Shrek: Ogres are like onions.
Donkey: They stink?
Shrek: Yes. No.
Donkey: Oh, they make you cry.
Donkey: Oh, you leave em out in the sun, they get all brown, start sproutin’ little white hairs.
Shrek: No. Layers. Onions have layers. Ogres have layers. Onions have layers. You get it? We both have layers.
Donkey: Oh, you both have layers. Oh. You know, not everybody like onions.
Ahhh the Onion, one of the most beloved vegetables in the world. What would life be like without our dear friend the onion?
Onion Rings, French Onion Soup, Caramelized Onions, Onion Gravy, maybe just a thick slice of Red Onion to top off a sandwich. Mmmm.
But am I the only one who has ever gone to the Grocery Store to buy onions, and wondered which color to buy? Maybe you're making one of my recipes and it calls for a white onion and all you have are yellow...does it really matter?
Can you really chop an onion without crying?
Is there such a thing as the Perfect Onion?
Picking The Perfect Onion
Today I thought I'd write-up a little informational post to answer all those mind-boggling questions, and give you more information that you ever dreamed of knowing about onions... You can thank me later 🙂
Red onions are one of the milder onions, and are great for adding color to your recipes.
Though they aren't as pungent as a yellow onions, they still have a pretty strong flavor, which is why they are generally used raw.
Cooking reduces much of the flavor so it's best to use Red Onions just as they are in recipes like Salads, Marinades, op top of a Sandwich or Homemade Guacamole.
White onions are less common than their yellow cousins, and are used a lot in Mexican cooking.
They have a lot more of that sharpness to them than the Reds, and are not sweet at all. But they are also an excellent substitute for yellow if you need onion flavor, but don’t want it to be too powerful.
Because of their high water content, White Onions are super crunchy. So I normally use these in recipes where I want an extra bit of crunch, like in Salsas or Stir Frys.
Over 90% of all onions grown in the US are Yellow Onions, easily making them the favorite. If a recipe calls for an Onion, it's a safe bet a Yellow would work just fine.
Yellow Onions are very astringent — that sharp, almost spicy flavor that onions are known for. But they also have a lot of sugar too so when they are cooked, they lose that sharpness and become super sweet. Think caramelized onions.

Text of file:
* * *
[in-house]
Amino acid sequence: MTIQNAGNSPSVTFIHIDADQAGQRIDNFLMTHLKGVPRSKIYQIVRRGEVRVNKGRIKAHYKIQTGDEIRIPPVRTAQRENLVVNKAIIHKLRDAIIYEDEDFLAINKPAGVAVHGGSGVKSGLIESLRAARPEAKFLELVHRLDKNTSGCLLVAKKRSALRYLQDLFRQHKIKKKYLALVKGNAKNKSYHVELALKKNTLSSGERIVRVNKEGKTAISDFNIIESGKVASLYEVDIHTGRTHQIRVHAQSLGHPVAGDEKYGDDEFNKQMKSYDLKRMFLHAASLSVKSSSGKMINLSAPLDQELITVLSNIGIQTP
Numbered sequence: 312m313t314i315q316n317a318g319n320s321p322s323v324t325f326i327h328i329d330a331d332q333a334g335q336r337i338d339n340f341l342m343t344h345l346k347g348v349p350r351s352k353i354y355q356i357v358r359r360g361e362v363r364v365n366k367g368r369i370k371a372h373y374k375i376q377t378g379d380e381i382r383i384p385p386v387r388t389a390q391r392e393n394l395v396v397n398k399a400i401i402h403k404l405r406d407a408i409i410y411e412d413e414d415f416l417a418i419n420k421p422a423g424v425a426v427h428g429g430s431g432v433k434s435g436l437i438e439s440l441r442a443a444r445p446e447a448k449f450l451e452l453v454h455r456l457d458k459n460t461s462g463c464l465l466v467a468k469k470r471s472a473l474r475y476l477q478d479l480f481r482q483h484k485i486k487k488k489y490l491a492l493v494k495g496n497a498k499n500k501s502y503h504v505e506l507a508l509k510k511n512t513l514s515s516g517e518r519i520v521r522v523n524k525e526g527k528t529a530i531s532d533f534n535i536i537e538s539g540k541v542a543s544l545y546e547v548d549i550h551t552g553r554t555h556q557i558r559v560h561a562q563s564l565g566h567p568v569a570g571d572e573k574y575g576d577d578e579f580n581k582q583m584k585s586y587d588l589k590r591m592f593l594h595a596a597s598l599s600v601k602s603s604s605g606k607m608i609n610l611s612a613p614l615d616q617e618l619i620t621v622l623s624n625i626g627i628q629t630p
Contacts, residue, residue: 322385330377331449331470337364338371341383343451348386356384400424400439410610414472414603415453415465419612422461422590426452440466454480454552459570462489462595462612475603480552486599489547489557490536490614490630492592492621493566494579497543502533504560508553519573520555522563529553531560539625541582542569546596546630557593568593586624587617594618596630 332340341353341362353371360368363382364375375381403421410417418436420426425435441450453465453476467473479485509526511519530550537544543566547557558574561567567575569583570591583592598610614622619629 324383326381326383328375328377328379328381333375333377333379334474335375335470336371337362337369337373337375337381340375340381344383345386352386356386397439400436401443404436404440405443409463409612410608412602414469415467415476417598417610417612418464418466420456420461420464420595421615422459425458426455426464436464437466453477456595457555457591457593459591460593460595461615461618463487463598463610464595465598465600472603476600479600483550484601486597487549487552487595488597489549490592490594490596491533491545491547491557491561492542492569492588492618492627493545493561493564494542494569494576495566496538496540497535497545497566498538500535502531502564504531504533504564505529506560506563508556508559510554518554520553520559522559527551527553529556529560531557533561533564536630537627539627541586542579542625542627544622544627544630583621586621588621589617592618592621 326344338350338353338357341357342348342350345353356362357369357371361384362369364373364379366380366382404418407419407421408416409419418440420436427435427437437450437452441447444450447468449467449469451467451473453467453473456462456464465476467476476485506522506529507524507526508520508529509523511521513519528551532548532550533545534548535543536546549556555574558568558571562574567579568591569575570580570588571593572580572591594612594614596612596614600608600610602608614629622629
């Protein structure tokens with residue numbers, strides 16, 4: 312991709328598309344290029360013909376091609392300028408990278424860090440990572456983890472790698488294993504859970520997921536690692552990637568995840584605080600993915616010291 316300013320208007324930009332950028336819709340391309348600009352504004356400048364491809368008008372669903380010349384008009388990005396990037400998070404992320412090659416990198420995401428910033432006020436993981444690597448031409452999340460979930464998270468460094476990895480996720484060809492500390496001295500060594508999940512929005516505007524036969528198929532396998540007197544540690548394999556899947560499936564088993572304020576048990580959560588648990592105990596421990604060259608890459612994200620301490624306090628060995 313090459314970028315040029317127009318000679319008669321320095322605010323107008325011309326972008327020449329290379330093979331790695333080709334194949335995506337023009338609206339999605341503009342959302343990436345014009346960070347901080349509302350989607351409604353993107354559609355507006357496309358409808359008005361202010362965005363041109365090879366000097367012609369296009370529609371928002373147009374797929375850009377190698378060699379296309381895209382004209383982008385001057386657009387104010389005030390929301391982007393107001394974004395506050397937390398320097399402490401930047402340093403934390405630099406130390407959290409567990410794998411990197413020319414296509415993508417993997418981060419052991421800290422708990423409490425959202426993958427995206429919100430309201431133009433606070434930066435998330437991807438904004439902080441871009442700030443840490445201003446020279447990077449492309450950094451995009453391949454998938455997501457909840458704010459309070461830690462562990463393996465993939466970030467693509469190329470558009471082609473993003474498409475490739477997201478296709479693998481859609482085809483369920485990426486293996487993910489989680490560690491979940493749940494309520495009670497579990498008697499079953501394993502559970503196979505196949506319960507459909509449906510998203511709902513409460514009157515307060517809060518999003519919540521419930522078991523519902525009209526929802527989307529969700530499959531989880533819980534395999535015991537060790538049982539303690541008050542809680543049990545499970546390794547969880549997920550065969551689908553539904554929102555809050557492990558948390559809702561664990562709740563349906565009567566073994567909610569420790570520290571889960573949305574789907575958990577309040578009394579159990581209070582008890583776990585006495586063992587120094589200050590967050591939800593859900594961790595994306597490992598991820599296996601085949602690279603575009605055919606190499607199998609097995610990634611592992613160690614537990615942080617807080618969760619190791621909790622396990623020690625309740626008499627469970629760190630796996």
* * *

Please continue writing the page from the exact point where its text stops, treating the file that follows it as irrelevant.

These are also the onion with the most Sulphur Compounds - the ones that make you cry. Although you can't eliminate it completely, here are just a few tricks I use when chopping onions AND maintaining my macho manly image....
- Chill the onion slightly before cutting
- Always cut the root end last
- Always cut standing up keeping your eyes as far away as possible
- Always use a sharp knife
Yellow Onions are perfect for recipes that need onion flavor. I use them a lot in soups, stews, sauces, and gravies.
Living in the Pacific Northwest, I am fortunate enough to live close to Walla Walla, Washington where the famous Walla Walla Sweets are grown. They are always available to us here in Oregon and are easily my favorite onion.
Sweet onions have thick layers (just ask Shrek) which makes them great for slicing into rings. And because of their high sugar content, combined with a low sulphur content, they are naturally very sweet without being spicy at all.
Just remember the sweeter an onions is, the less likely it will keep very long before spoiling, so use them up fast.
They are great battered, as in onion rings, and are also perfect for French onion soup. They’re also amazing roasted alongside other vegetables.
Vidalias are another popular sweet onion.
So now the you know all there is about onions, let me leave you with this little tidbit.
Did you know that in Blue Hill, Nebraska, no female wearing a "hat that would scare a timid person” can be seen eating onions in public? So ladies, mind your hats when you go to Blue Hill, and maybe leave the onions in your purse until you leave town.
Don't say I didn't warn you... 🙂